Corneal Transplant Surgery (Keratoplasty)

Partial and Full Corneal Transplants, Artificial Cornea Implants

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Corneal transplant surgery -- also called keratoplasty -- preserves or restores vision impaired by advanced corneal disease or when the cornea has been damaged by scarring, trauma, or infection. Duke corneal surgeons have extensive experience and perform hundreds of corneal transplants each year using the latest advances. Our goal is to recover or preserve your vision and help you return to your daily activities as soon as possible.

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When Is Corneal Transplant Surgery Necessary?

You may be a candidate for corneal transplantation if you have been diagnosed with keratoconus, which causes your cornea to become thin and cone-shaped, or when an inherited corneal dystrophy, such as Fuchs’ dystrophy, results in vision-impairing corneal swelling and clouding. You may also be a candidate for corneal transplantation if your cornea has been damaged by infection, scarring, or trauma.

The procedure is typically recommended when less-invasive corneal disease treatments such as special glasses or contact lenses and medications to reduce swelling cannot halt the progression of your corneal disease.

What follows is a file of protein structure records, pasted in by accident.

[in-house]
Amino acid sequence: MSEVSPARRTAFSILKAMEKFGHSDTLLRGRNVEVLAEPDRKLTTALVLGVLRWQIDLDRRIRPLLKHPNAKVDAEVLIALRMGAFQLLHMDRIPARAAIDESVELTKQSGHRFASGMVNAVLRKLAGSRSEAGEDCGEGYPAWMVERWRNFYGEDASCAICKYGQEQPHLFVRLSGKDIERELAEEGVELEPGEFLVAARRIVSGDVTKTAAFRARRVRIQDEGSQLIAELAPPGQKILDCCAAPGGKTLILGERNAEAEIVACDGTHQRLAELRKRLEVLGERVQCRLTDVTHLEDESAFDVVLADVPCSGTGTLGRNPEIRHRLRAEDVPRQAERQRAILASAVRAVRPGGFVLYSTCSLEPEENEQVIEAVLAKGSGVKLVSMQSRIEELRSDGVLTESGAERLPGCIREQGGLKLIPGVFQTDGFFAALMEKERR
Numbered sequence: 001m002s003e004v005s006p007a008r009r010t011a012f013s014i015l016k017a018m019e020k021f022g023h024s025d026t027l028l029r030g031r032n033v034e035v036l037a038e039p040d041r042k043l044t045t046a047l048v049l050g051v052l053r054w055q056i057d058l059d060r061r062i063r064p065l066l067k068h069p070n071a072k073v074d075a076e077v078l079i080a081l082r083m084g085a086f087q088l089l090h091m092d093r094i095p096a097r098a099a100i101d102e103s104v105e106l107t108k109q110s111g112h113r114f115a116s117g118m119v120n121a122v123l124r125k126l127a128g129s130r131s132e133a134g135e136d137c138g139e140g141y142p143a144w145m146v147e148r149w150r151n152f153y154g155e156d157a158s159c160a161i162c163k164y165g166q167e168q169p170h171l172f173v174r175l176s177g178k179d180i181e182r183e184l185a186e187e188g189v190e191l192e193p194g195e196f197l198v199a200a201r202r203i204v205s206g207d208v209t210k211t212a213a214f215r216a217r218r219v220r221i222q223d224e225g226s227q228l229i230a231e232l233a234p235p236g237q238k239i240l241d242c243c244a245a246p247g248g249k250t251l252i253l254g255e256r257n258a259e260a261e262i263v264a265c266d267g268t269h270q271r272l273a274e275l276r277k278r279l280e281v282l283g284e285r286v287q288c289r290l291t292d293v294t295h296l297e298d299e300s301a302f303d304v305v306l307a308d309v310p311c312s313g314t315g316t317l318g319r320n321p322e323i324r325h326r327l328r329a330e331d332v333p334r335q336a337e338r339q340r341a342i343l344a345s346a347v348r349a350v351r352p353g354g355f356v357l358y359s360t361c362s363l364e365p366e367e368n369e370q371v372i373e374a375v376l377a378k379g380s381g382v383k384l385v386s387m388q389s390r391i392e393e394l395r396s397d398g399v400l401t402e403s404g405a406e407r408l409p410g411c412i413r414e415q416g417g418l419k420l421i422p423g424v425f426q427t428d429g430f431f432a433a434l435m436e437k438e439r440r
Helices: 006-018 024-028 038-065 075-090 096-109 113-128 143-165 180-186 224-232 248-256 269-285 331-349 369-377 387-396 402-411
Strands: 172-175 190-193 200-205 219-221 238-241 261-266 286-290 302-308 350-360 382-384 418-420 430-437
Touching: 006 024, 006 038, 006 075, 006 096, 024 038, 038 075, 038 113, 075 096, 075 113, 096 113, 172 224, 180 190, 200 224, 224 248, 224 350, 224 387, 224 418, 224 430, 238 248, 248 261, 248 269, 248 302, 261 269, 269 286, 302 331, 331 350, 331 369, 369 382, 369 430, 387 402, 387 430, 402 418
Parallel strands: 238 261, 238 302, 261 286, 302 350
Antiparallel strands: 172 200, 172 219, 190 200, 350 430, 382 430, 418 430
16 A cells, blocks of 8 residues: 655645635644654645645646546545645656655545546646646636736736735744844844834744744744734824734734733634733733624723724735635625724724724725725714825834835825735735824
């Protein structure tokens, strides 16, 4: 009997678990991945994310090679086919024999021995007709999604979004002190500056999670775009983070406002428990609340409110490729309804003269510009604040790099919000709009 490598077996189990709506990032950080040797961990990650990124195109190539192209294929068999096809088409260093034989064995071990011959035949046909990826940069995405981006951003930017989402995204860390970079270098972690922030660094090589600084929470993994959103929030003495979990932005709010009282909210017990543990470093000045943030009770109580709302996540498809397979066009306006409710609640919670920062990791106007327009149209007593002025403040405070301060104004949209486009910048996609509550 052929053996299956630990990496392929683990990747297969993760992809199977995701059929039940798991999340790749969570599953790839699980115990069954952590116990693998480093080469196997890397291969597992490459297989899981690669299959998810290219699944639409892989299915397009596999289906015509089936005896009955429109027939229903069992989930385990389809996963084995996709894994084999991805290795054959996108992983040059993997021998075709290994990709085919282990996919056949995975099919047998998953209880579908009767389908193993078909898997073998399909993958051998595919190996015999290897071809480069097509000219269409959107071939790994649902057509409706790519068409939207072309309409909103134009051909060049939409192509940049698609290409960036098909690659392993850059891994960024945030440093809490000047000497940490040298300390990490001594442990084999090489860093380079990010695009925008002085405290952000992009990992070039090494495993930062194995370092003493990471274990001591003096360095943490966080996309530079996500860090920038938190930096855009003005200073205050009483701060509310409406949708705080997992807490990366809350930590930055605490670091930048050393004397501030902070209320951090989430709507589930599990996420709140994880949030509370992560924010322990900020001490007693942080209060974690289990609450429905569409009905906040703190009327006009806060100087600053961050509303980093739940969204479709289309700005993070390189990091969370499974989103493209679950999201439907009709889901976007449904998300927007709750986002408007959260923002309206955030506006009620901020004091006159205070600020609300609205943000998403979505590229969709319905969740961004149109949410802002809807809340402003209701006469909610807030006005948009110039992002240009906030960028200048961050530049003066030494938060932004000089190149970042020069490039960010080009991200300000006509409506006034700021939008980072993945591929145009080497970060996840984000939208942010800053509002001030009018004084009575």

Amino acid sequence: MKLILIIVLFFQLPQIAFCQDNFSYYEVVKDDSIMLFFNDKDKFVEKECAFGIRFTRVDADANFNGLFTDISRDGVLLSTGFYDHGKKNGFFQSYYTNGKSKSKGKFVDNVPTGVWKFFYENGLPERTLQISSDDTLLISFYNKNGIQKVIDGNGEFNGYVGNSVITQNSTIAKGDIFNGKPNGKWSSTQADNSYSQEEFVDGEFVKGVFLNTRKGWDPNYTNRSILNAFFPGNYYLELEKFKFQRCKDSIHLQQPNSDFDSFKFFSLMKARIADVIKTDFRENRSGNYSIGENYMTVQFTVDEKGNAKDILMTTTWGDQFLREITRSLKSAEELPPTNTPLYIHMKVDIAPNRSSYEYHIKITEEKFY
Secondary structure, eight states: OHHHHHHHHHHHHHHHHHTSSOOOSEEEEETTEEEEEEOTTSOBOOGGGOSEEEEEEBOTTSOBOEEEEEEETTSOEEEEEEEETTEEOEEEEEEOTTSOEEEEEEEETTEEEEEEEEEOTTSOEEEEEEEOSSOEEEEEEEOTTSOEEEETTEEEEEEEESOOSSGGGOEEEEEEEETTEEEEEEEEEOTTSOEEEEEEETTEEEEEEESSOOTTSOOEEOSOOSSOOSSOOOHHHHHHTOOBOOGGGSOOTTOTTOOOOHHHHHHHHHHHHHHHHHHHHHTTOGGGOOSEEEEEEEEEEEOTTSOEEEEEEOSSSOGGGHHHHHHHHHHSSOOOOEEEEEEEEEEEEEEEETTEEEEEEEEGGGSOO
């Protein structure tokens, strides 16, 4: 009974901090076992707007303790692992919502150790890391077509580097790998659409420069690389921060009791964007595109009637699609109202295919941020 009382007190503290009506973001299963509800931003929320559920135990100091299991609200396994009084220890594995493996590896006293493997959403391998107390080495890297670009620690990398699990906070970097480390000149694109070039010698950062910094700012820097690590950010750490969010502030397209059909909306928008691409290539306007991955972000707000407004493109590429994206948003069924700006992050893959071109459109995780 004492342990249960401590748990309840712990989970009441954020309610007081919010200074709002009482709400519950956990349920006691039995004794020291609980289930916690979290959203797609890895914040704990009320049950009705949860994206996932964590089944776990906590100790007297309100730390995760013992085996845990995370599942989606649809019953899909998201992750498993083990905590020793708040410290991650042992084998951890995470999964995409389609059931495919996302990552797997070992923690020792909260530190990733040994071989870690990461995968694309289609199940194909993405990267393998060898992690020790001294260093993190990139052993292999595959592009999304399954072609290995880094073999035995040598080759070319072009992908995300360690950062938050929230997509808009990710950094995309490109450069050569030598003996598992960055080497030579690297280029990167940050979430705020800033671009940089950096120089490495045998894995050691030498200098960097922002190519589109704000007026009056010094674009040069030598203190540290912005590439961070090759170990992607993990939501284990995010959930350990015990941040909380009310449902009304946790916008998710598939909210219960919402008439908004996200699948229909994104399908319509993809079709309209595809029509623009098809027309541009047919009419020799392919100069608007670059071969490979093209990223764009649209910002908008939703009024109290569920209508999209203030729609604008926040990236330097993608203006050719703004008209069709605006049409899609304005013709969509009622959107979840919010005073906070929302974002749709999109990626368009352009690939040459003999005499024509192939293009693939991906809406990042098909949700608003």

There are several types of corneal transplant procedures to remove damaged, unhealthy cornea tissue. After a comprehensive evaluation that includes sophisticated imaging of your cornea, we can recommend the most effective procedure for your condition. 

Our Locations

Duke Health offers locations throughout the Triangle. Find one near you.

Surgical Techniques

Partial-Thickness Corneal Transplant (DSEK, DMEK, DALK)

These procedures are alternatives to full-thickness corneal transplants. In these surgeries, the surgeon replaces only certain layers of your cornea with donor tissue. The type of procedure you receive depends on which parts of your cornea are diseased. Procedures include Descemet’s stripping endothelial keratoplasty (DSEK), Descemet’s membrane endothelial keratoplasty (DMEK), and deep anterior lamellar keratoplasty (DALK).